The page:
Do you know that there were two types of chain used for surveying: the Ramsden chain with 100 links each of one foot, and the Gunter chain, 22 yards long, also with 100 links.
Do you know that the mile was originally divided into 1000 units? The mile was originally defined by the Romans and was the length of 1000 paces of a Roman legionary. Each pace was a double step. Clearly, the Romans saw the benefits of using powers of 10 for units of distance long before the invention of the metric system. This unit name is derived from the Latin word for a thousand.
Do you know that different miles are used on land and for sea and air transport? The statute mile is so-called because it was fixed by Parliament at 5280 feet, to settle disputes and confusion about the length of the mile and to replace the various miles that were in use at that time. The mile for sea and air transport is called the nautical mile and for many years was defined as 6080 feet. In 1970, the UK adopted the international nautical mile of 1852 metres. Speed at sea is measured in knots, that is nautical miles per hour.
Do you know that Britain had a different set of unit lengths for measurements at sea, namely fathoms, cables and nautical miles. A fathom is 6 feet, there are 100 fathoms to a cable and 10 cables are equal to about one nautical mile. Clearly, mariners saw the benefits of using units based on powers of 10.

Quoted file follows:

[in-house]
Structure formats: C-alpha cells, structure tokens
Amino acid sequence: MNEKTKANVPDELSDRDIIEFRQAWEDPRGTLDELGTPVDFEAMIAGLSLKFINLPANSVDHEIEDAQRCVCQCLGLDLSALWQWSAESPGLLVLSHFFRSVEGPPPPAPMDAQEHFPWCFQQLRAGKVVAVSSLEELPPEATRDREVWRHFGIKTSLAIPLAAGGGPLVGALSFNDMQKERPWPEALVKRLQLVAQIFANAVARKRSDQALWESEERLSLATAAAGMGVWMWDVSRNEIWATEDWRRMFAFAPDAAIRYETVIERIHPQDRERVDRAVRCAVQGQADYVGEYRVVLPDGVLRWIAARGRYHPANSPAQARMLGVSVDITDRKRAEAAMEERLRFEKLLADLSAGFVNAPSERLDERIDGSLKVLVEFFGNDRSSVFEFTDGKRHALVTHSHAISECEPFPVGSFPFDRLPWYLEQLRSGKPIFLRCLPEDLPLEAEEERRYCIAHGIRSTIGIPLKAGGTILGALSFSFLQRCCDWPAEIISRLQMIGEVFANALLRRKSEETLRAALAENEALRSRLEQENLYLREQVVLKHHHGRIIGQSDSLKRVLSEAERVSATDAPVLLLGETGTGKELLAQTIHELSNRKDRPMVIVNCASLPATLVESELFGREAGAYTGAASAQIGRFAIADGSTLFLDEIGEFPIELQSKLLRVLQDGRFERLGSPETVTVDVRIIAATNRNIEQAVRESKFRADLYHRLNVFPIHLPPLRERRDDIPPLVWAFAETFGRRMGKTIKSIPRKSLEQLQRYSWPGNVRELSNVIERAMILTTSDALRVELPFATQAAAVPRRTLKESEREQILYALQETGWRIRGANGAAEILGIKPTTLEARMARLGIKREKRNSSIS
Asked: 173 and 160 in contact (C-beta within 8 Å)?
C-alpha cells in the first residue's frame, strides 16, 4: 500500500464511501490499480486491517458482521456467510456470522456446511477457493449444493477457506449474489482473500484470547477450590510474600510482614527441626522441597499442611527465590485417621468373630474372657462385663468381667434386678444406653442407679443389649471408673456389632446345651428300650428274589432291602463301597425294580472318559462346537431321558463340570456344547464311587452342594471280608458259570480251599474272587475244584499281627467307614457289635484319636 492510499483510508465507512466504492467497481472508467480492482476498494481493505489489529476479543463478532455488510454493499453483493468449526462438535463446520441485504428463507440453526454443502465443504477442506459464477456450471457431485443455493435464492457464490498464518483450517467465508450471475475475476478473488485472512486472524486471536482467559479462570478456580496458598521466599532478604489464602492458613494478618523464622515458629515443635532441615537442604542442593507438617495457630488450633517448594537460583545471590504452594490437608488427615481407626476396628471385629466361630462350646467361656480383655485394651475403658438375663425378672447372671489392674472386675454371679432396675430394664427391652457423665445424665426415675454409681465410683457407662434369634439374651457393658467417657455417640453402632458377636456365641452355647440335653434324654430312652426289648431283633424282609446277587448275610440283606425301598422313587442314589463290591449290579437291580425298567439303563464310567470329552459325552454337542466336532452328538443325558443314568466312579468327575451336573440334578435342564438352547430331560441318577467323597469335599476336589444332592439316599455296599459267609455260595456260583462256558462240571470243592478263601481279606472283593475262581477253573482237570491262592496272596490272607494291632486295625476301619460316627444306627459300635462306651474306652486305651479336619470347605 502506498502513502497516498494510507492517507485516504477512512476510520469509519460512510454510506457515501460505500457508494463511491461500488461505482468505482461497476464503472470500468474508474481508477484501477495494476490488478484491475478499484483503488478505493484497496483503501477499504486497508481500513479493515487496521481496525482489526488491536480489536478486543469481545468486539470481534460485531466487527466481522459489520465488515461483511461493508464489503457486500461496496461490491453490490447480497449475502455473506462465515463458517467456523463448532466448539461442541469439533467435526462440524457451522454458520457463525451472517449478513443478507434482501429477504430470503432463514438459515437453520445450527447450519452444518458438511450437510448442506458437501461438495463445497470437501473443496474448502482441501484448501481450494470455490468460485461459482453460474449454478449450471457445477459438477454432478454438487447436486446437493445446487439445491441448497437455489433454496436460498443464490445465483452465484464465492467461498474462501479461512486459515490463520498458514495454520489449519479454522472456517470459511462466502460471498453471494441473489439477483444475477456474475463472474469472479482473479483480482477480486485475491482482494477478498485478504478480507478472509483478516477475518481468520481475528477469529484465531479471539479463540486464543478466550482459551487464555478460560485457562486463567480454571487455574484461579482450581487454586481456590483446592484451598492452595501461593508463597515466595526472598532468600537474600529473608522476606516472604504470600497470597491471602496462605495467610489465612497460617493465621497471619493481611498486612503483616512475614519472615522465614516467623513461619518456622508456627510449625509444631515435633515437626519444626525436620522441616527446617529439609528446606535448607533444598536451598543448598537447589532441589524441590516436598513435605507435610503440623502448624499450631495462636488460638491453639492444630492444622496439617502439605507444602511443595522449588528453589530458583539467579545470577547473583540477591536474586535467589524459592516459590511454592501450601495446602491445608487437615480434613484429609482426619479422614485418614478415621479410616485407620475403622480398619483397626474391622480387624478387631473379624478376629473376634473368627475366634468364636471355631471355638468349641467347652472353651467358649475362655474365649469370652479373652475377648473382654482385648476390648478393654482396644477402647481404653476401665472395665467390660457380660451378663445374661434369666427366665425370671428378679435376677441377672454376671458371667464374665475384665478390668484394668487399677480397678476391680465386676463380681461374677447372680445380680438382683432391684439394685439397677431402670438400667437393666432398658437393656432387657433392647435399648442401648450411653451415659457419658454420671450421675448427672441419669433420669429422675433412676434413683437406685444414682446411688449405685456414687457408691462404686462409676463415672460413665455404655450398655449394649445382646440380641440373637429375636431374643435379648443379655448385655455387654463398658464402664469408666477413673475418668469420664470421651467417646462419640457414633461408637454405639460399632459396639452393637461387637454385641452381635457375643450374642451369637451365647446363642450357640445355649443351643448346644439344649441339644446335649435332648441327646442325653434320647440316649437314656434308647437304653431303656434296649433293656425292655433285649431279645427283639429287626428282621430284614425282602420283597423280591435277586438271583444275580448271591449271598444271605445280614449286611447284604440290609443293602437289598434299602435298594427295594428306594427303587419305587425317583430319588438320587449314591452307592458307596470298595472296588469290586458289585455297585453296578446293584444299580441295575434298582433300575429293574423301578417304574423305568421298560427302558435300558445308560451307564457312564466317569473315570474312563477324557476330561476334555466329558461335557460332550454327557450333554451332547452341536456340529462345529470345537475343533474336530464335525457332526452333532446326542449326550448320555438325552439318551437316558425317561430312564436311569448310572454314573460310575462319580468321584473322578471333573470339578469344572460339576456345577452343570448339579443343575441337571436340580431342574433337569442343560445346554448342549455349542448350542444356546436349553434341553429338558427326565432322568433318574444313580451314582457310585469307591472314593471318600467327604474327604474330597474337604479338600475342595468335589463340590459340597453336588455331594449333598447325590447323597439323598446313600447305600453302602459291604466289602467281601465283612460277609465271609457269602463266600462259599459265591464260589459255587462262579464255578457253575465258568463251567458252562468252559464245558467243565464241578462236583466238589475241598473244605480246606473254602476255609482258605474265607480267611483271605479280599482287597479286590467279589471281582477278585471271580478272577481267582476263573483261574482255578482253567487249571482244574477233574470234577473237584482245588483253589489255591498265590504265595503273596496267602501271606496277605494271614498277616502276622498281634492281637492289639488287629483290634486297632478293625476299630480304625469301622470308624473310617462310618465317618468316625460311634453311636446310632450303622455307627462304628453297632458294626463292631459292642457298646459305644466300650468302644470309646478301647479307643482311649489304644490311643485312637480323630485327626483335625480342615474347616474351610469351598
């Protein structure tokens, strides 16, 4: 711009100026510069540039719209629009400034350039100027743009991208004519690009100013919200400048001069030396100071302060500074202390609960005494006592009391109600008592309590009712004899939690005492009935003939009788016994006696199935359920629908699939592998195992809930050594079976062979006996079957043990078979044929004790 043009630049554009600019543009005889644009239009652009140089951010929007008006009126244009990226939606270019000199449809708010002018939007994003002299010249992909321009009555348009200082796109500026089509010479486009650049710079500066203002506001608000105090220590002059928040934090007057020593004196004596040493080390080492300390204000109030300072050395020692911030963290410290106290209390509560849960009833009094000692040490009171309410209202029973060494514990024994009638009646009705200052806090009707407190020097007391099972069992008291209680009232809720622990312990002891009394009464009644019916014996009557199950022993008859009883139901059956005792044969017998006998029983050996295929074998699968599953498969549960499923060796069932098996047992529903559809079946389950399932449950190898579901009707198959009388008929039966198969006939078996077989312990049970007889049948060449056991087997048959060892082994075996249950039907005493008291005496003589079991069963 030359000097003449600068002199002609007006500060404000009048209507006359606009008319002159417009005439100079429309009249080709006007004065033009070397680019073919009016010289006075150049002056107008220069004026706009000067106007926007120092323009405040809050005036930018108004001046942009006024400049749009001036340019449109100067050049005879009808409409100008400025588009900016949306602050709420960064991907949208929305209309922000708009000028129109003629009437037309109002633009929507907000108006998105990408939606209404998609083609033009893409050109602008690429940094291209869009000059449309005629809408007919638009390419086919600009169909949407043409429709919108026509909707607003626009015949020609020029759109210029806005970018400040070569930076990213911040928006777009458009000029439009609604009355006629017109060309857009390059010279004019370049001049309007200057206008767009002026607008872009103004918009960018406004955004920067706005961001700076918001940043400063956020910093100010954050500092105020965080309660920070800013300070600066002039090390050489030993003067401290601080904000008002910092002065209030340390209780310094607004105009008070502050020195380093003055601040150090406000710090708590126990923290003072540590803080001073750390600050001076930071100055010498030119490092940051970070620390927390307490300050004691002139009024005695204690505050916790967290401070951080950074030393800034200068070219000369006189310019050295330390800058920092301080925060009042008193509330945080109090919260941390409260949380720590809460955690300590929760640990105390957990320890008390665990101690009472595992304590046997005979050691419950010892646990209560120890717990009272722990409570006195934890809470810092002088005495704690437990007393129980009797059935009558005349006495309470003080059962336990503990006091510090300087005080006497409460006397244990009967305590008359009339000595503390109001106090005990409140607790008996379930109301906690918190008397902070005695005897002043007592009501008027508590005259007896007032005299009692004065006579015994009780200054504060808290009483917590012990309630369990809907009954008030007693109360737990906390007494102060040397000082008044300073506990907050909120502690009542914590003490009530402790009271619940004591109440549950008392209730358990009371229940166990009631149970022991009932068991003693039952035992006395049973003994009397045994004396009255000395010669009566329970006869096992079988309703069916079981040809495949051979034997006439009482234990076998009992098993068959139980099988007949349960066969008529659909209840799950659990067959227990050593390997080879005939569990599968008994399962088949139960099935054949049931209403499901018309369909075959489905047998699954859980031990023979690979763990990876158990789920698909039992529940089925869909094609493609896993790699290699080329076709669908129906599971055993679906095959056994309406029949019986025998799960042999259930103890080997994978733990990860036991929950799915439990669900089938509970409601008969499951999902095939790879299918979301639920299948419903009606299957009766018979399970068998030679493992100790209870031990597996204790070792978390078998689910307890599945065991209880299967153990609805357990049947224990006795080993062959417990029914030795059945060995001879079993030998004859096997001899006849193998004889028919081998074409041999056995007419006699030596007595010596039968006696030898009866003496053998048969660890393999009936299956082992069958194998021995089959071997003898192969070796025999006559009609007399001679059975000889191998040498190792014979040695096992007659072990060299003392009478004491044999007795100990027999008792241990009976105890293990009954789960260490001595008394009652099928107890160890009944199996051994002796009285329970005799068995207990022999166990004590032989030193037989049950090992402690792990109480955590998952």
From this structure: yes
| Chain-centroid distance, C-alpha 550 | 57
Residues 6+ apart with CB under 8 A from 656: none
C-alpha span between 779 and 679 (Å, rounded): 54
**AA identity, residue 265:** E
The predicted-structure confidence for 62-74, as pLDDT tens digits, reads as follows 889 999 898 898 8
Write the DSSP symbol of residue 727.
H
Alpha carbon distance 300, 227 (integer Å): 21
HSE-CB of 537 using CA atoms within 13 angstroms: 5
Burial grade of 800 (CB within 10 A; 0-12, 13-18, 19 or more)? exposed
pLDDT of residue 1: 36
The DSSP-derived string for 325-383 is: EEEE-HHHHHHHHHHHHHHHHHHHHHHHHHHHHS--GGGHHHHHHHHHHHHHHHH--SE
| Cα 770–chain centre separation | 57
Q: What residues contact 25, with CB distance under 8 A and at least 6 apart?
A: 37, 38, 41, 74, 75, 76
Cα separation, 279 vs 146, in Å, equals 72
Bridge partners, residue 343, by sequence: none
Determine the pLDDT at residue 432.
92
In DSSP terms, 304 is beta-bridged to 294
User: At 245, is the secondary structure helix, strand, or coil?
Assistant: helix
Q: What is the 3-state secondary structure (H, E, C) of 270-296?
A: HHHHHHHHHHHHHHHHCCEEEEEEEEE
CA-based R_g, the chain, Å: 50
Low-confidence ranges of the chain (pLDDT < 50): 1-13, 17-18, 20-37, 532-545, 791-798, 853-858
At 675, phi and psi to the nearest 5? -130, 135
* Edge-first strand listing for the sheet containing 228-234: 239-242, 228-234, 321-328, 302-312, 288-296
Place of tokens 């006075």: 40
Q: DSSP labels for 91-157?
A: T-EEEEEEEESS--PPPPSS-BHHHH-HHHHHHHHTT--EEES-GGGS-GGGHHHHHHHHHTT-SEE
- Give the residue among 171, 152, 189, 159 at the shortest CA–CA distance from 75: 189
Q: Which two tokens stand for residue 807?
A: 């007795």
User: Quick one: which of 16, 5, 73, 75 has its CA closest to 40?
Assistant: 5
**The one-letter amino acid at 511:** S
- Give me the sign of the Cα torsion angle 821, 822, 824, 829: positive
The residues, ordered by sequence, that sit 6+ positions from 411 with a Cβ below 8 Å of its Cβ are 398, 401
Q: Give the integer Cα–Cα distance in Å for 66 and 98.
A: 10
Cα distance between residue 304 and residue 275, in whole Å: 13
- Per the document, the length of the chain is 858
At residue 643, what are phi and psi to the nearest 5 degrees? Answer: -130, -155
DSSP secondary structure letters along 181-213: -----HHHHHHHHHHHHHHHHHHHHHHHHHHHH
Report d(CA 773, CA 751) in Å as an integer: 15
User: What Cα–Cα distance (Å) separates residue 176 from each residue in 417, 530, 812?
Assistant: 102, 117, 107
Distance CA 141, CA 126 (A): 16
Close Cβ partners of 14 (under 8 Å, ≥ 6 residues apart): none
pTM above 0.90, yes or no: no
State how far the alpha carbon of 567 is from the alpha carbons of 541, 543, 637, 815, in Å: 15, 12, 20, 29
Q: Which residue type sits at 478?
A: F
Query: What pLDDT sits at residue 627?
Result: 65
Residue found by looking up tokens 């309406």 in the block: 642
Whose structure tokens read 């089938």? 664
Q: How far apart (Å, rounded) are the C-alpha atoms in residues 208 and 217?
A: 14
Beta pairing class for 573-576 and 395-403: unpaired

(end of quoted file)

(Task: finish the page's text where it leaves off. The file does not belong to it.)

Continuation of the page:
Do you know that the imperial system has units for weight and volume for medical recipes? These form the apothecaries’ system, replaced in pharmacies in 1969 by the metric system. Although the apothecary pound weighs the same as the troy pound (373.2 g), the subdivisions of the pound differ from the subdivisions of the troy pound, and include drachms and scruples. The apothecaries’ system also contains subdivisions of the fluid ounce including fluid drachms and minims.
Do you know that the oil barrel is neither an imperial unit nor a physical container but a unit of volume equal to 42 US gallons (about 159 litres) or just under 35 imperial gallons. It is doubtful if oil was ever stored in 42 gallon barrels.